The theologically conservative New Orleans Baptist Theological Seminary is hardly the only program that considers its students’ impact on the culture of the prison. In the Certificate in Theological Studies (CTS) program offered by the Atlanta Theological Association, M.Div. students and Ph.D. students from four member seminaries offer certificate courses at Arrendale State Prison and Metro State Prison in their area of specialty. These graduate students enter the prison not as outside students, as with the SALT and TURN models, but as instructors. Yet, the CTS program offers the language of “teacher-students” and “student-teachers” in order to emphasize that all bring wisdom to share and a need for the wisdom of others in the learning community. CTS aims to “nurture [the students’] intellectual passions along with their drive to engage and transform the world around them.” For example, as a capstone project for their advanced certificate, two students recognized a need for a theological library to supplement their course texts and they developed one, which is housed within the main prison library. It now carries hundreds of theological and religious studies books and continues to grow. The two students serve as the librarians, managing the holdings and creating policies for its use. Their contributions exemplify the claim that 2015 CTS graduate Tracy Kohnle made in her graduation speech: “Behind these walls, only the strongest can endure the harsh realities and still remain compassionate…. Theology nurtures the best part of us, individually, and helps mold us into something much greater, as a community.”
These theological wrinkles notwithstanding, the motivations articulated by religious prison educators are widely similar to those articulated by secular prison educators. Administrators for Indiana Women’s Prison Higher Education Program, who expressly disavow any religious motivation for their program, also describe prison education as a means for effecting social change: “We believe that a liberal arts education can be transformative for men and women in prison in ways that are beneficial not only to them, but also to their families and to the communities of which they are a part—including their prison and college communities.” With this goal in mind, class projects regularly become platforms for public education. Indiana students have written and presented studies on the history of prisons, gynecology, and eugenics via video conferencing to the American Historical Association. Others prepared and delivered via video conferencing a proposal regarding a public policy issue before a joint legislative committee at the Indiana General Assembly, which unanimously endorsed the proposal.

6. Challenges for Religiously Affiliated Prison Education Programs

The challenges faced by religiously affiliated prison education programs are for the most part not distinct from those that confront all college-in-prison programs, and, in times of crisis, being religiously affiliated can be strategically advantageous.
With the state having retreated from the obligation of paying for incarcerated people’s higher education, the primary obstacle every program faces is financial. To administer a program of this sort requires perpetual hustle: university administrators must be lobbied to offer credits pro bono and course releases, grant applications must be written, and foundation funders must be wooed. It is a constant struggle, but unique solutions may be arranged. From the end of Pell until 2002, the Consortium of the Niagara Frontier ran off monies saved by the Consortium during the Pell era, and it subsisted thereafter on a state budget line item earmarked on its behalf. The nonprofit Hudson Link for Higher Education in Prison was established to fill the gap created by the end of Pell funding and is supported in large part by private foundations, a few of which, such as Episcopal Charities, are faith-based.19 A few programs get by exclusively on volunteer labor, and others on adjunct staff. To one degree or another all rely on support from higher education institutions, which in most cases includes financial support. Sometimes this means a disbursable budget, sometimes it means in-kind contributions such as donated credits or faculty course releases, and sometimes it means administrative support. In other cases, money is primarily raised through cooperation with development offices and institutional alumni networks. In one innovative arrangement, Donnelly College’s program was launched as a partnership with a private business that employed those incarcerated at a particular prison, and the employer agreed to assume one third of the cost of classes, with Donnelly and the incarcerated student each assuming the remainder.20 Only in two of our surveyed programs are incarcerated students expected to pay a share of the cost of their education.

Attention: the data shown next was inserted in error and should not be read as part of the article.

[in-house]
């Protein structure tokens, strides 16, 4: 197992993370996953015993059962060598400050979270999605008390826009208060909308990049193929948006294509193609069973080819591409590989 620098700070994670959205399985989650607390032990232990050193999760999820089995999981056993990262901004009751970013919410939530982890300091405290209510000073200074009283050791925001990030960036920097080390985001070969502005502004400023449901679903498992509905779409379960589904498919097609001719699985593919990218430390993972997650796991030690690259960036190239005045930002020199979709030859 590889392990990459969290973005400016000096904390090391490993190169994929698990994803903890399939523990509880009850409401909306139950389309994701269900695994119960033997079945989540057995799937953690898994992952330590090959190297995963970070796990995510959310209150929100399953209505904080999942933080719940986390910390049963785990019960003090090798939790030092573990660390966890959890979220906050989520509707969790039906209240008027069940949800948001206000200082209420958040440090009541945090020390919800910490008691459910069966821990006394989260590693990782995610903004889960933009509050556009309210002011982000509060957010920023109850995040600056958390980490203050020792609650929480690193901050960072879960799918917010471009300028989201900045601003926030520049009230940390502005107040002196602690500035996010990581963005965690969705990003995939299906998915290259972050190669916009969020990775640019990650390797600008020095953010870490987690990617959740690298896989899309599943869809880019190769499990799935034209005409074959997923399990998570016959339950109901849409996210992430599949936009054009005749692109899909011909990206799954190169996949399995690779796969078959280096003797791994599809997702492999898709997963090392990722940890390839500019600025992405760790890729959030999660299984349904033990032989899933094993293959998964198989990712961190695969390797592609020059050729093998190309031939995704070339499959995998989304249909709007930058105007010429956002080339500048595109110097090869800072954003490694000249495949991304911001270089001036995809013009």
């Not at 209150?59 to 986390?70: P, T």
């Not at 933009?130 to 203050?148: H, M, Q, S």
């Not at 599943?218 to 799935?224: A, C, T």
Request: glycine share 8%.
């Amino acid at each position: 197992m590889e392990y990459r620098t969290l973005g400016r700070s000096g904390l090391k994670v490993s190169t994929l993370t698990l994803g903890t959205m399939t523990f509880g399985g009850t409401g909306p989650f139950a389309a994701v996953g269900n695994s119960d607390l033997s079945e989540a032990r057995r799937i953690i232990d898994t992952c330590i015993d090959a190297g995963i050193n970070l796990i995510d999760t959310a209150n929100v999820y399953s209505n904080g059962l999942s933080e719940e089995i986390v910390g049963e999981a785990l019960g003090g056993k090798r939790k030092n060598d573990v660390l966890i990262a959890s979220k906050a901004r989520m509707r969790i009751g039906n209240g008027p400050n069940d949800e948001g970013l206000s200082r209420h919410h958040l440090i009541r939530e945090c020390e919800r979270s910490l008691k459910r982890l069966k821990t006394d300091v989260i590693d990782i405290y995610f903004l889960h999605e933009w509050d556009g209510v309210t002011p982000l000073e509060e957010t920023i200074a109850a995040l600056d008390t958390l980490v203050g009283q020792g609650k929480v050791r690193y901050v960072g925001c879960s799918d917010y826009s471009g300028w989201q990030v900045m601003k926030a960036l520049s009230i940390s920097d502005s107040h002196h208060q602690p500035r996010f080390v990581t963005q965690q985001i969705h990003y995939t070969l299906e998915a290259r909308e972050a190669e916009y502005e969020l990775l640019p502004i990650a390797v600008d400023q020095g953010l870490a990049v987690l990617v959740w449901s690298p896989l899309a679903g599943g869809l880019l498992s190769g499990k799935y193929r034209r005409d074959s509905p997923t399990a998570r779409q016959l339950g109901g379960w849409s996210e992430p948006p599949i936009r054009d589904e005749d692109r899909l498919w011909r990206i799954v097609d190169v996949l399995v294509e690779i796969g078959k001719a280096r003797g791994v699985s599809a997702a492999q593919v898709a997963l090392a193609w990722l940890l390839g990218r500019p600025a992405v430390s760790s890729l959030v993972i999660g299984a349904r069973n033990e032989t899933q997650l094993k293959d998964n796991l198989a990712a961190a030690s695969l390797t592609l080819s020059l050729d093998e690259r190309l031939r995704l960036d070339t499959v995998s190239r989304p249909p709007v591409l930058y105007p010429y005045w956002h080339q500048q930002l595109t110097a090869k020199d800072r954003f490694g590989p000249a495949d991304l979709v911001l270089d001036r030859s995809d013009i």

Prison administrators, and the security-minded practices and norms of correctional institutions more generally, offer up a range of other challenges. Prisons are hierarchical, with power concentrated at the top and often wielded with a swiftness and arbitrariness well outside the comparatively genteel norms of university life.21 Course texts are subject to review and to censorship. Without warning, incarcerated students may be dropped from the program for disciplinary infractions, placed in custody, or transferred to another prison. Changes in staff, and particularly in administrative leadership, can have significant effects on the ability of programs to operate. To navigate this challenge, some respondents stress the need to build multiple relationships across institutions, both at the prison and at the university. In several cases these processes are smoothed over by prison staff who happen to be alumni of the educational institution.22